The Tiger Queens by Stephanie Thornton
Paperback, 496 pages
November 4, 2014
Genre: Historical fiction
Source: Received from the publisher for review as part of HFVBT
“In the late twelfth century on the sweeping Mongolian grasslands, following a violent feud between blood brothers, the victor Temujin ascends to power, declaring himself Genghis Khan. But behind one powerful man stand many strong women…
After her mother foretells an ominous future for her, darkness looms over Borte’s life. She becomes an outcast among her clan and after seeking comfort in the arms of an aristocratic traveler, she discovers he is the blood brother of Temujin, the man she was betrothed to years ago but who abandoned her long before they could marry. And he will only leave her behind again.
Temujin will make Borte his khatun, his queen, yet it will take many women to safeguard his fragile new empire. Their daughter, a fierce girl named Alaqai, will ride and shoot an arrow as well as any man. Fatima, an elegant Persian captive, seeks revenge against the Mongol barbarians who destroyed her city and murdered her family, but in the end will sacrifice everything to protect the Golden Family. Demure widow to Genghis’ son, Sorkhokhtani positions her sons to inherit the Empire when it begins to fracture from within.
As Genghis Khan sets out to expand his conquests and the steppes run red with blood, Borte and the women of the clan will fight, love, scheme, and sacrifice, all for the good of their family and the greatness of the People of the Felt Walls…”
The Tiger Queens is broken up into four parts with each part being narrated by a different women from Genghis Khan’s tribe. This divide into parts is designed to move the reader through over 80 years of time and I think this works well stylistically as each story picks up about where the prior one left off giving the reader a continuity. While these women couldn’t be more different, I like them for different reasons. They are strong, but in their own ways. Borte has seen and been subjected to a lot in her life and that is where she draws her strength from. Alaqai has been pretty much a tom-boy and the Khan’s favorite child, so she got away with a lot growing up, but now must use her skills in a new land amongst people who basically hate her. Fatima, who was taken as a slave, and must learn to deal with her captors. Sorkhokhtani, the quiet, one who takes everything in and then does everything she can to keep her family in power. There is a wide cast of characters here, but the author has done a great job of giving you enough information about each one to make them whole – even the more periphery characters.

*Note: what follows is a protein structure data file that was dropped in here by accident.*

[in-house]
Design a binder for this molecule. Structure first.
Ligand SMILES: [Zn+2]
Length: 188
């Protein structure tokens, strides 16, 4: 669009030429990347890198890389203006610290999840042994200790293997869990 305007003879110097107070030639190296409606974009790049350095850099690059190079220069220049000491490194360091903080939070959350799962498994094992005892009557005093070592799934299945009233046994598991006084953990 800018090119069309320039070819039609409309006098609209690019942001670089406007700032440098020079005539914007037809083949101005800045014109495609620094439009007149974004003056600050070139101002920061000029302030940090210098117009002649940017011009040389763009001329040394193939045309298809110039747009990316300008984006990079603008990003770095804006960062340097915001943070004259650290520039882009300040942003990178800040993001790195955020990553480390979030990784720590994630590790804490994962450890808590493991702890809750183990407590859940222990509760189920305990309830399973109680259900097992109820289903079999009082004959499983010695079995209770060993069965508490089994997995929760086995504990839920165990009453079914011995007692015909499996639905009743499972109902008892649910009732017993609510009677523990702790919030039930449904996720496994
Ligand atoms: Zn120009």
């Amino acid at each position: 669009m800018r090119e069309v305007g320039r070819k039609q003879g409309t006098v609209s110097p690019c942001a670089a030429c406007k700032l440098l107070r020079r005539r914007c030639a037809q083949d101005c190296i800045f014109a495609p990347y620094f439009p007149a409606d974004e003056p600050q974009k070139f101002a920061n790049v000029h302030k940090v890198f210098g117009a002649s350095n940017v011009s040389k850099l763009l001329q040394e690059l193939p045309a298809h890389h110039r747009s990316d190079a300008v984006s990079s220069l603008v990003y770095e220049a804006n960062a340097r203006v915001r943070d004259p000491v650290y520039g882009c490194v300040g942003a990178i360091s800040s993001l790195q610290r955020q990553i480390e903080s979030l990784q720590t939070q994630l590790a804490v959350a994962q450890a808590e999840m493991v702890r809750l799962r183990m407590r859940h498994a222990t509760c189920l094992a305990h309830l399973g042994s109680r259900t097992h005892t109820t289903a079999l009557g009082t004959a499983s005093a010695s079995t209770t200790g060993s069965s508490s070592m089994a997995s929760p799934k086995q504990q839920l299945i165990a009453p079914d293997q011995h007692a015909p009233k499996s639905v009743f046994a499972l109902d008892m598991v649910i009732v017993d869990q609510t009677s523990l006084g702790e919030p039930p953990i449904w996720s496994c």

The best scenes in my opinion are the times when these women are all together. There is a great scene that stands out for me while reading this novel. All of the daughters (by blood, marriage, and adoption) of Genghis Khan spend time really getting to know each other while discussing what to expect upon two of the girls marrying in the very near future. It was funny, sweet, and solidified the sisterly bonds. It actually broke my heart to see these women have to break up and go the separate ways of their new families after this heart-to-heart moment. I think that was when I really started to enjoy the book – not that it wasn’t an enjoyable read up until that point.
It is obvious that the author has done a great deal of research on the topic of Genghis Khan and the Mongols and the groups that they interacted with along the way. This is an area of the world where I have virtually little knowledge going into this novel. She does an excellent job of weaving even the smallest details into the novel so that the world they live in feels palpable to the reader without it ever feeling overburdened with detail. A great balance of show and tell.
The novel had a little bit of a slow start for me, but quickly picked up and didn’t slow down straight through to the end and left me wanting to know more about these incredible women.
Author Stephanie Thornton also has written The Secret History and Daughter of the Gods. You can visit Thornton’s website for additional information about the book. If you would like to preview the story before reading it, why not try out this excerpt of the book (scroll down that page about halfway)?
My reviews of other books by this author:
Reviews of this book by other bloggers:
You can follow along with the rest of the tour by visiting the HFVBT site or on Twitter with the following hashtag: #TheTigerQueensBlogTour.
I also have a giveaway opportunity for you all (this is the same giveaway that was posted on my In-Progress review on Tuesday November 25th). I have 2 paperback copies ofThe Tiger Queens to giveaway - one copy will be sent out by me (extra copy I received) and the other will be sent by the publisher.
- Giveaway is open to USA residents only and will be open from November 25, 2014 until December 6, 2014
- Entries are made via the Rafflecopter below - please follow directions provided in the Rafflecopter entries
- I have updated by giveaway policies and made them always available on my "policies" tab at the top of the page. When you get to that page scroll about 3/4 down the page and there are my giveaway policies. Please review these and abide by them. Thanks.
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